Phony Stories About Schools
Yes, Diane. Why? Why? Why are "they" doing it, and why are people buying it? I tend to speak to teachers, who are less inclined to buy into the idea that they are the source of the trouble and must be replaced. But ... the others?
I'm counting on you for some wise advice on how to tackle the larger fear that feeds it.
Like you, I find that the totally uninitiated tend to be surprised when I tell them I'm against the school/teacher/public bashing. That the best schools are those that have not abandoned respect for their teachers, students, and families comes as a welcome surprise to many. Yes, read about Finland, I say. Read Richard Rothstein's "old" The Way We Were?. Read Diane Ravitch. Read me.
Most find it unbelievable that there was no past golden age of schooling, or that our economy didn't tank because of school failure. (Were GM workers less skilled than Japan's in the 60s? Do the Chinese have a more technologically sophisticated workforce than the USA? Be honest Mr. Gates et al—you went to China for cheap labor.)
What makes folks so susceptible to an almost entirely phony story? Aside from widespread ignorance about statistics. I remember how annoyed I was in the '70s to hear reporters note that, alas, after so much effort, half the kids were still reading below grade level—which was statistically how grade level was defined.
It's easier to balance the budget by cutting "extravagant" pensions for middle-class public employees than to question why CEOs of "failing" corporations leave with pensions worth tens of millions. Still, why is there so relatively little uproar about the "unfairness" of it, although the Occupiers have broken through the veneer.
In part, it may simply be that most people hear the same sad story from many different sources, and few hear any other to explain our decline in world power. Whether it be good or bad power—the power to enlighten or the power to bully—neither, we're told, works for the good old USA as well as it once did. We're growing accustomed to the idea that our kids and grandkids may not do as well as we did. It's hard to hear, especially for those who counted on their sacrifices to improve the lot of their kids. But our expectations, we're told, were simply too high.
It's like being a Yankees fan. We lived boastfully for years off the reputation of "our" team. We were "it." If we didn't make it into the final round, someone's job was on the line. We fans demanded nothing less than 100 percent success.
Thought: We didn't go to war to save democracy, but to once again be the Yankees of the world league. Enough—although it was pretty painful working in Boston that terrible fall of 2004! Maybe that's how many Americans are feeling?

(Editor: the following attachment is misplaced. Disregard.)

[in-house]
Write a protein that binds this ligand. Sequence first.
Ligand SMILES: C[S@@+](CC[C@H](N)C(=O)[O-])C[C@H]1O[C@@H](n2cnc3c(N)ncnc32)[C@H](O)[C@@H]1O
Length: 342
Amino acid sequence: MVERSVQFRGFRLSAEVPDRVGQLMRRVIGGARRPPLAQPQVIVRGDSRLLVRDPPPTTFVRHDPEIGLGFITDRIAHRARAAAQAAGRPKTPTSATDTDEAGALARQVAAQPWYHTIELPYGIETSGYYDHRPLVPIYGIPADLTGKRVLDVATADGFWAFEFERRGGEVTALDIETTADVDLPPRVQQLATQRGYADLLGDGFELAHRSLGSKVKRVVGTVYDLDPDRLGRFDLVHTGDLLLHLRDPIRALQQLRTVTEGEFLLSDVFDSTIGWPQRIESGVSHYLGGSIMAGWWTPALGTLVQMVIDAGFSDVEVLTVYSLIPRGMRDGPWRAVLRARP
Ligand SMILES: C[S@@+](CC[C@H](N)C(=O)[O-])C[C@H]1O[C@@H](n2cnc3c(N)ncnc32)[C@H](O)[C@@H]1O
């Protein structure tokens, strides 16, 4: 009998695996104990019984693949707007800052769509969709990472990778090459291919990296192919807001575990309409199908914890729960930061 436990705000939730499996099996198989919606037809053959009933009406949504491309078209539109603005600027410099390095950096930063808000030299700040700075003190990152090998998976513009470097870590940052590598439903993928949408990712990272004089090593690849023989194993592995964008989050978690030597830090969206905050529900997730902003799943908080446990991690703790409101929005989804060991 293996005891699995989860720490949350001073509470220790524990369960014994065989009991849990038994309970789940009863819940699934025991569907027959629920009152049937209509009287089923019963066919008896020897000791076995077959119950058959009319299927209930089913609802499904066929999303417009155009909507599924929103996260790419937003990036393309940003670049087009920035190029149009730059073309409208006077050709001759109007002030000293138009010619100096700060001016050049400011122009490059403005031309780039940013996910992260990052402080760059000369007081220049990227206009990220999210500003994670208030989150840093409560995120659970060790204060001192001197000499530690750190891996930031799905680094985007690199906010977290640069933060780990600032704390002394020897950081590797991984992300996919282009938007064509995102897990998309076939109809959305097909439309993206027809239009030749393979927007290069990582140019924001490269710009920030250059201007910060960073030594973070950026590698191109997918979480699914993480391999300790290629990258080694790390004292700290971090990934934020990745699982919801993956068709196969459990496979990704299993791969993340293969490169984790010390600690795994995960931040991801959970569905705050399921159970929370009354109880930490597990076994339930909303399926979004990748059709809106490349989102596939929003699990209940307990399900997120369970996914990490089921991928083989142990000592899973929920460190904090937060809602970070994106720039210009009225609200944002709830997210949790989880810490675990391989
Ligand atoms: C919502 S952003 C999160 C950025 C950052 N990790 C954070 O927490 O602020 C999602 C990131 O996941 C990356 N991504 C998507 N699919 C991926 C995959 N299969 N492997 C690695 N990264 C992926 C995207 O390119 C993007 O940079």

What we desperately need is reminders of why democracy is good for us—all of us. Not just as a way to beat out others for the title. What would we be willing to trade off for the sake of democracy? It scares me when I hear fellow Jews in Israel say that abandoning democracy may be a price worth paying. Or when I recall that in World War II citizens of the United States agreed to the imprisonment of Americans of Japanese descent. Probably they saw it as a temporary wartime measure. But wartime is now all the time. Have we accepted the idea that democracy is not an efficient tool for protecting ourselves and what we care about? Is democracy an idea that periodically just comes and goes?
Our fight for public schooling is a fight for democracy, for one-for-all-and-all-for-one solutions to our problems. But what is this democracy idea? Or as the Occupiers say: "What does democracy look like"? We need to use schools to sell democracy—even to explain it! It doesn't just live on neglected and compromised. Even many of our parental allies seem content to view public education as a private concern for their kids' futures. Period. In such a world the only thing that matters is rank order and, as I used to remind colleagues, no matter how fast kids line up, there's always just one in the front all the way back to one at the end. We're fighting each other these days to see if by hook or crook we can get "ours" nearer the front. (And "cutting" the line is allowed.) We live, too many of us, in a climate that makes us all compete for the shortage of private goods rather than tackling the "shortage" issue.
How to overcome the tendency to pull into our private well-armored tanks, fending off enemies everywhere once the barbarian within us all has been set loose? That is the question. Schools that can belong to all of "us" are too few, even among public schools. So we have a dual fight—to prevent privatization and to shore up public ownership.
My colleague, Connie Brady, died recently. I remember when she came to tell me—so many years ago—that she was going to march in the gay pride parade for the first time, because coming to Central Park East helped her be unafraid. She was a fighter to the end; fighting day by day for herself, but always also for others, to stave off the limitations that multiple sclerosis had placed upon her in the last decades of her life. With the limitations only of age, I'm determined not to let her down.
I'm reminded by witnessing a single act of caring, empathy, and kindliness that we have it within us to change priorities—if we can figure out how to act together. So, save the weekend of Aug. 2 for a Washington, D.C., convention on education. S.O.S. (Save our Schools) is planning, along with many allies, to use the occasion to put forth a platform on behalf of all children.
Next week, I'll have returned from Denver with better news.
P.S. Re. Chicago's Lab School. The good news is that it is still fighting John Dewey's good fight. The bad news is that the school is under pressure, too. It is a reminder that even in a school where 99 percent of student are predetermined winners, parents worry, and schools respond to their fear that their children won't be ahead of the pack—the 1 percent.